Over 200 members and guests from more than twenty countries assembled in Paris from November 7-10 for the forty-third annual meeting of the International Association of Political Consultants.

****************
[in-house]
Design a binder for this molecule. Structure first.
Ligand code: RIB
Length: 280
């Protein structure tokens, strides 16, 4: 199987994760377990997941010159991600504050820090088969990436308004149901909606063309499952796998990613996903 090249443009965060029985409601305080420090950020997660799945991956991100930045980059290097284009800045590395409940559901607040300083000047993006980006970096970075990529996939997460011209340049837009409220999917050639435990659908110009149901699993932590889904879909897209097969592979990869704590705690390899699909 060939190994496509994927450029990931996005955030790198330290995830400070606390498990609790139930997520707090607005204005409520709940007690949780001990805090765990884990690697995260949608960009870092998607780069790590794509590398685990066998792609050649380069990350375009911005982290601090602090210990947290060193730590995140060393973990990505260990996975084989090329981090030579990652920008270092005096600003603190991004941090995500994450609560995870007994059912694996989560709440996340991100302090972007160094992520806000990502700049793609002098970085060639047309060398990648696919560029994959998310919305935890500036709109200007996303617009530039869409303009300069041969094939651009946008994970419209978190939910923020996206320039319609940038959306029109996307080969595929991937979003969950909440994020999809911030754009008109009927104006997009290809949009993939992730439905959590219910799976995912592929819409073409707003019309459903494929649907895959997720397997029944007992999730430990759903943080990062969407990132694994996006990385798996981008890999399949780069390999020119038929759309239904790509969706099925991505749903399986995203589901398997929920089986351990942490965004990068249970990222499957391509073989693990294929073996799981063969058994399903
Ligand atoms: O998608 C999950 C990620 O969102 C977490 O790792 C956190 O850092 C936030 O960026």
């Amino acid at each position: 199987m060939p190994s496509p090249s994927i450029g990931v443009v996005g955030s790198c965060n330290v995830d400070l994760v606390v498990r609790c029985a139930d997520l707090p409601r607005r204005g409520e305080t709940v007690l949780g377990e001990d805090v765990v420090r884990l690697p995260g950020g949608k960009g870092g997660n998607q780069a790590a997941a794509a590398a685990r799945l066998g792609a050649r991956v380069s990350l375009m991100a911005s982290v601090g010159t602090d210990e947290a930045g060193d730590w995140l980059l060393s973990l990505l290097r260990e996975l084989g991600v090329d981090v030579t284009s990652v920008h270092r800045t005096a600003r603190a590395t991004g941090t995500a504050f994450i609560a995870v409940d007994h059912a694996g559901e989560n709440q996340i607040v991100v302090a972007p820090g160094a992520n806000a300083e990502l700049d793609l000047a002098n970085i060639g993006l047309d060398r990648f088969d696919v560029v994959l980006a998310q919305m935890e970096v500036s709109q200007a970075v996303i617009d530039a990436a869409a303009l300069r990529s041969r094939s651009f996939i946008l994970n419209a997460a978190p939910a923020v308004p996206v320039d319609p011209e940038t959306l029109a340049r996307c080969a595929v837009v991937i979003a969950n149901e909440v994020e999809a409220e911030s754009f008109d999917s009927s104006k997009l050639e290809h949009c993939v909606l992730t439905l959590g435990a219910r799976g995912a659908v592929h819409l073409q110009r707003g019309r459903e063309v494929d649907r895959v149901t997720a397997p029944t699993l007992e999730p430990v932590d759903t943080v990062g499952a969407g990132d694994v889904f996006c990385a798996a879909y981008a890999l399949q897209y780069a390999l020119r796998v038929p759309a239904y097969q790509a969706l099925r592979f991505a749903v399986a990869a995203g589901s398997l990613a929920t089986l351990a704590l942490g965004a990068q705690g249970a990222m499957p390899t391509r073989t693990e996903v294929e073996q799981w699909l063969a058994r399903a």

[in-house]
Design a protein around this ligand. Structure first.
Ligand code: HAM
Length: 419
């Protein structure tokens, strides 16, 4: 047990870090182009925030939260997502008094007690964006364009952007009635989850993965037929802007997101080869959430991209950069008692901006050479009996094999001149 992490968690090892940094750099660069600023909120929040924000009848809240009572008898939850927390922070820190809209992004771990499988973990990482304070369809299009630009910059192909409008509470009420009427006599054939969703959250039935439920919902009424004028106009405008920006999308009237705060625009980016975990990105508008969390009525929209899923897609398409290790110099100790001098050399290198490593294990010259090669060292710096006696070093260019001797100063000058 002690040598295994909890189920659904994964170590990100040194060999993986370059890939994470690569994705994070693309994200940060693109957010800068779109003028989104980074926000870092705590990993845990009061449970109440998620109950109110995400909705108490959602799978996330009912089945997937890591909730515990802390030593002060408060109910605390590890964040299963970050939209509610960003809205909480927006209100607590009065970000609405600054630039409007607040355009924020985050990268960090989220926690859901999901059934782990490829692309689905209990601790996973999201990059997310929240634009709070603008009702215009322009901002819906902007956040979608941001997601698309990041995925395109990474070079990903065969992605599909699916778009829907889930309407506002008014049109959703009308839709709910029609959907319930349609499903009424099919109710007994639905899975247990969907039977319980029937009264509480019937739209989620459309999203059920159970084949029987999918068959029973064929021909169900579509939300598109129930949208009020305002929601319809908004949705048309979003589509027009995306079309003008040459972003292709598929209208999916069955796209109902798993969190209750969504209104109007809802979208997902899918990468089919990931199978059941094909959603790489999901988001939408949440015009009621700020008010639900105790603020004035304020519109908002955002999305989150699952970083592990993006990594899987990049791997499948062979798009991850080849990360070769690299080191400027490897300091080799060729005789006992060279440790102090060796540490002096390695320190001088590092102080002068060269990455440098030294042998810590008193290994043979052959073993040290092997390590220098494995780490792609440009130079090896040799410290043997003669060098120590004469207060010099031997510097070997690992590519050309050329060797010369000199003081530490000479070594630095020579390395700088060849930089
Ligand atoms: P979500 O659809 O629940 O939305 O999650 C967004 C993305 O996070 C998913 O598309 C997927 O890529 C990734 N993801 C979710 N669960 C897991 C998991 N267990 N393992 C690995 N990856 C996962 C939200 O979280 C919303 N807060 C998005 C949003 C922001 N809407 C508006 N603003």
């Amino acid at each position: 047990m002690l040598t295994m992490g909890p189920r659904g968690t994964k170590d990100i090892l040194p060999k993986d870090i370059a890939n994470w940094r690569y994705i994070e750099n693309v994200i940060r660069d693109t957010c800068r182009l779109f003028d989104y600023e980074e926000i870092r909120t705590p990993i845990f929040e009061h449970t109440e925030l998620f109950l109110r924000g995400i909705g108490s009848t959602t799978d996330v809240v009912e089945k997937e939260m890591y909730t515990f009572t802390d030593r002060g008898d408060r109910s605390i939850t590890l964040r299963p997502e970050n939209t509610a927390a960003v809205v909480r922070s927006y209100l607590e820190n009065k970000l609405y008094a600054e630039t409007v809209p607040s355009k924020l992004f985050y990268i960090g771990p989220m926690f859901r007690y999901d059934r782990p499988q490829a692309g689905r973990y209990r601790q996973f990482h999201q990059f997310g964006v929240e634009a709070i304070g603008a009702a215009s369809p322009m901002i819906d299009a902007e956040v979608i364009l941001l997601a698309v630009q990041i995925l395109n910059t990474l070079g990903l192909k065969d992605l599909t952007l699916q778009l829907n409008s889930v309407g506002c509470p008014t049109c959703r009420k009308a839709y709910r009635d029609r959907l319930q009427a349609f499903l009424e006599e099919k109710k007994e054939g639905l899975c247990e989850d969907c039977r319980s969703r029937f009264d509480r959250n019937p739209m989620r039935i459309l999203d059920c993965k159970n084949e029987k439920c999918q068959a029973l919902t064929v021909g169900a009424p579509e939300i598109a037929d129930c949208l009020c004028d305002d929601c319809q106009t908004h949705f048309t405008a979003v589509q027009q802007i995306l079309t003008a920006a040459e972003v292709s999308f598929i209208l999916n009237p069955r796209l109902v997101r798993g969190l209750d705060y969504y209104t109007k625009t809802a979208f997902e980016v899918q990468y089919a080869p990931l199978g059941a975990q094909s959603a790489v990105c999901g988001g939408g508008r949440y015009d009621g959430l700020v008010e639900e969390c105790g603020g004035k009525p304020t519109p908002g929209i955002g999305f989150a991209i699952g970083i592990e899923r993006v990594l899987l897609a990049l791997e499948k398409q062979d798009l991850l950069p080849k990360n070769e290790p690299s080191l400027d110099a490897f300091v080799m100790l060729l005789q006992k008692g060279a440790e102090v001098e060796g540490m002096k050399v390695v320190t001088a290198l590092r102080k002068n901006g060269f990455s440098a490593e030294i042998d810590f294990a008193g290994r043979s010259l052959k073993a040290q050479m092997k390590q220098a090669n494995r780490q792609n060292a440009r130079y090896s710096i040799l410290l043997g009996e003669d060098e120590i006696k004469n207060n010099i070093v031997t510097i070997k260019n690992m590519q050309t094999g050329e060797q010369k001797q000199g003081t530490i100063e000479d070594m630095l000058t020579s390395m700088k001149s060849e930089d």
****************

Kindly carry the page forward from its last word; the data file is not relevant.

Over 200 members and guests from more than twenty countries assembled in Paris from November 7-10 for the forty-third annual meeting of the International Association of Political Consultants. The theme of the gathering was “campaigns without borders.” A discussion of the U.S. midterm elections featured Anita Dunn, Howard Dean and Brad O’Leary. Dunn, a former White House communications director for the Obama administration, observed that there is no longer a twenty-four-seven news cycle but instead an immediate news cycle in which anyone with a cell phone and camera can be a reporter. This makes message control very hard. “Even though we received an ‘A’ on policy,” she noted of the Democratic party, “we could not control nor stay ahead of the message battle.” O’Leary, an author and political pundit, offered a different take. “The White House thought that it had a mandate for change in the 2008 election as the press erred in congratulating Mr. Obama instead of recognizing and reporting the vast difference in money spent by the Obama campaign as compared to McCain in the campaign, particularly in North Carolina, Virginia and Indiana,” he argued. “The White House assumed incorrectly that it could enter the political fray in September 2010, as it had in September 2008, and change the numbers.” Dean, former chair of the Democratic National Committee, placed the election in demographic context. “2010 is the last election of the old white guy,” he said. “In 2008 more people under thirty five voted than those over sixty-five. America is a truly multi-cultural society. Many of us grew up supporting civil rights but not living civil rights. Today’s under thirty-fives live in that multicultural polyglot. In 2012, the under thirty-fives will be the under thirty-nines, and they will drive the electoral train for the foreseeable future.” The campaigns without borders theme continued with panels on the uses of social media in elections in the Ukraine, Brazil, the United Kingdom and the U.S. Morgan Tsvangirai, prime minister of Zimbabwe and winner of this year’s IAPC Democracy Award, gave a wondrous acceptance speech. Speakers from Turkey, Austria and the U.S. spoke on the rise of conservatism in their countries. And there was an interesting discussion of the first “presidential” debates in the United Kingdom, for which candidates from each of the three major parties consulted with American presidential debate experts. At the close of the conference, IAPC President Tom Edmonds said, “I first joined the IAPC in the mid-90s and I have seen the organization grow and make positive changes over the last fifteen years. The IAPC has managed to retain its unique character as a relatively small organization while simultaneously attracting a new generation and staying attuned to what’s happening in the world. The IAPC has not just survived for over forty years; it has grown into a vital and relevant organization that is recognized by world leaders from every continent. “I was particularly gratified when the President of the [French] National Assembly, Monsieur [Bernard] Accoyer, said in his greeting to the IAPC membership, ‘There is no democracy without communication; there would be no political communication without you.’” Next year’s conference will be in Istanbul. James Dwinell has been deputy campaign manager of Gary Hart’s 1984 presidential campaign, editor of Campaigns & Elections and an international political consultant. He currently writes for Vermont Business Magazine.